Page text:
The landscape, or more specifically, the icescape has changed drastically in the Bemidji area after the heaviest snowfall so far this winter arrived earlier this week.
Anglers were enjoying excellent ice conditions and light snow cover, which allowed anglers to go virtually anywhere they wanted on the lakes.
The snow storm this past week blanketed much of northern Minnesota with enough snow to impede access to the lakes and make it difficult for many anglers to return to their stationary fish houses without the aid of a snowplow.
Snowmobiles are now the preferred mode of travel on most lakes, unless anglers are satisfied to fish areas close to the plowed roads on the ice.
Cold weather was the biggest obstacle facing anglers during most of January, with another spell of bitterly cold temperatures on the back side of the recent snowstorm.
The snow cover on the lakes may also trigger some changes in feeding patterns of the fish because of a sudden reduction in the amount of sunlight able to penetrate the ice.
Fish in some lakes had been using the edge of the weed beds, with the light snow cover allowing enough sunlight through the ice to allow some of the weeds to stay green.
Decaying weeds burn oxygen in the water as they decompose, and that process should increase now that there is much more snow on the ice to block the sunlight.
Dead weeds are less likely than green weeds to hold fish, at least until most of the decomposing is finished. Some areas with heavy weed growth can actually use up enough oxygen as they decompose to drive most of the inhabitants of the weed beds out of the shallows.
The snow cover on the lakes can also have an impact on fish using deep water and can force fish to change their locations and the depths.
Most predator species like to feed along edges, regardless of how deep they are feeding. Edges provide more diverse habitat which increases the food options for the fish.
Just like people often prefer a restaurant with more choices on the menu, fish often prefer to be located in areas with more choices for food, especially during the winter when they are less likely to make long-distance feeding movements.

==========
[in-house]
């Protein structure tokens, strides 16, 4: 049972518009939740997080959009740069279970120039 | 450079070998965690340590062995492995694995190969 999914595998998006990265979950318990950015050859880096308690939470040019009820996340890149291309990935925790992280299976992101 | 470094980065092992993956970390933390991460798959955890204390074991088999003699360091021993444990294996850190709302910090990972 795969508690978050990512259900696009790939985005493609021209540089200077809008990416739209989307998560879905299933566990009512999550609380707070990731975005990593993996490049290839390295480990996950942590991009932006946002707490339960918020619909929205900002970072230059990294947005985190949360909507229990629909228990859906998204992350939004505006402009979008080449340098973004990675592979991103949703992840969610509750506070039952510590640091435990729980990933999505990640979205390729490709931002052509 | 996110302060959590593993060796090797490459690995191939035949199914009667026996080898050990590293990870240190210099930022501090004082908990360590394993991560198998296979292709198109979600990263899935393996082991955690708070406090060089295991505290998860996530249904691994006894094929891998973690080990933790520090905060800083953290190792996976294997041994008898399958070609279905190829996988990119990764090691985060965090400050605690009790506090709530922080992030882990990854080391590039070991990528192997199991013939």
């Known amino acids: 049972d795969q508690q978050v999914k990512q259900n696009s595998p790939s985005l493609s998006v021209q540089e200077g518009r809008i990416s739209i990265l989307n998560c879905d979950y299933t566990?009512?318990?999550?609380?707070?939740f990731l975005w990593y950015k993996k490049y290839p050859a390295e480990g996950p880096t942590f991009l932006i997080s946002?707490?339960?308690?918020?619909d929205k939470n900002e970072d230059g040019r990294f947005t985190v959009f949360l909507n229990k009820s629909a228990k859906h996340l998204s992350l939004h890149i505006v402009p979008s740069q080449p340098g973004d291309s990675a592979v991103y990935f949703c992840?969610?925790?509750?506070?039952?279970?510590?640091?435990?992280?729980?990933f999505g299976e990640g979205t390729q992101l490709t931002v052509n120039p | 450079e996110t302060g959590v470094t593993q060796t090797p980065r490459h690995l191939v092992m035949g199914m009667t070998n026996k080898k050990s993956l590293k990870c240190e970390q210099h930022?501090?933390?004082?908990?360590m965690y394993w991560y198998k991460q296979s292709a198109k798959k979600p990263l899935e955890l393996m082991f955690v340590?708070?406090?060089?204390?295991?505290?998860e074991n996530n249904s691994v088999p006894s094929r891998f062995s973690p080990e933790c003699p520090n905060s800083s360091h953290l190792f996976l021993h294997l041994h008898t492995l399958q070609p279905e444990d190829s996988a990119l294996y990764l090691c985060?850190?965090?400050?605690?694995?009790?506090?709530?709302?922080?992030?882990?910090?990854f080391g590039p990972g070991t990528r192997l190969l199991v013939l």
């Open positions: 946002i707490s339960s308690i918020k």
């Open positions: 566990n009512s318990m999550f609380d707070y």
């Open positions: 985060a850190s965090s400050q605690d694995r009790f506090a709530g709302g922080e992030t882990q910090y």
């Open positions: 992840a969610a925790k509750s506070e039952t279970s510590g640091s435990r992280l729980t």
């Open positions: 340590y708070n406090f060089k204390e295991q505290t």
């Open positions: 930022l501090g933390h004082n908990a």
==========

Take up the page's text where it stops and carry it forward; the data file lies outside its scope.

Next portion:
There are many types of edges in the lakes. The deep weed edge is the point where the standing weed growth ends as the water gets too deep for sunlight to penetrate all the way to the bottom.
There are also edges where bottom types meet. One of the best edges in the lakes is often where rocks meet either sand or mud.
Rocks provide cover for minnows, smaller fish, crayfish and even some types of insects that like to live between the rocks.
Sand can be covered with chara, which grows in rootless mats on the bottom and provides cover for many different types of insects, crayfish and a variety of minnows and other small fish.
There are also edges between weed types, inside and outside weed edges and also edges where bottom types change within the weeds.
Some weeds grow out of sand, some grow in marl (a more fertile mixture of clay and silt) and some weeds grow out of shallow mud.
Mud bottom also comes in different types. There is the soft mud or muck that doesn’t have a distinct bottom and is almost like quicksand. There is also the hard sticky mud that is the most fertile type of mud and home to many different types of insects.
The bottom of the lakes is similar to soil on land. Some areas are great for growing just about anything while others soils are not good for growing much of anything.
Some soil is rich with life and full of things like night crawlers, worms and other wiggly things while some soils are nearly void of life, much like a desert under the water.
Sunlight also creates an edge under the water. The depth of where the sunlight stops can determine where the food chain begins as everything in the lakes relates to changes in the amount of sunlight penetrating through the ice.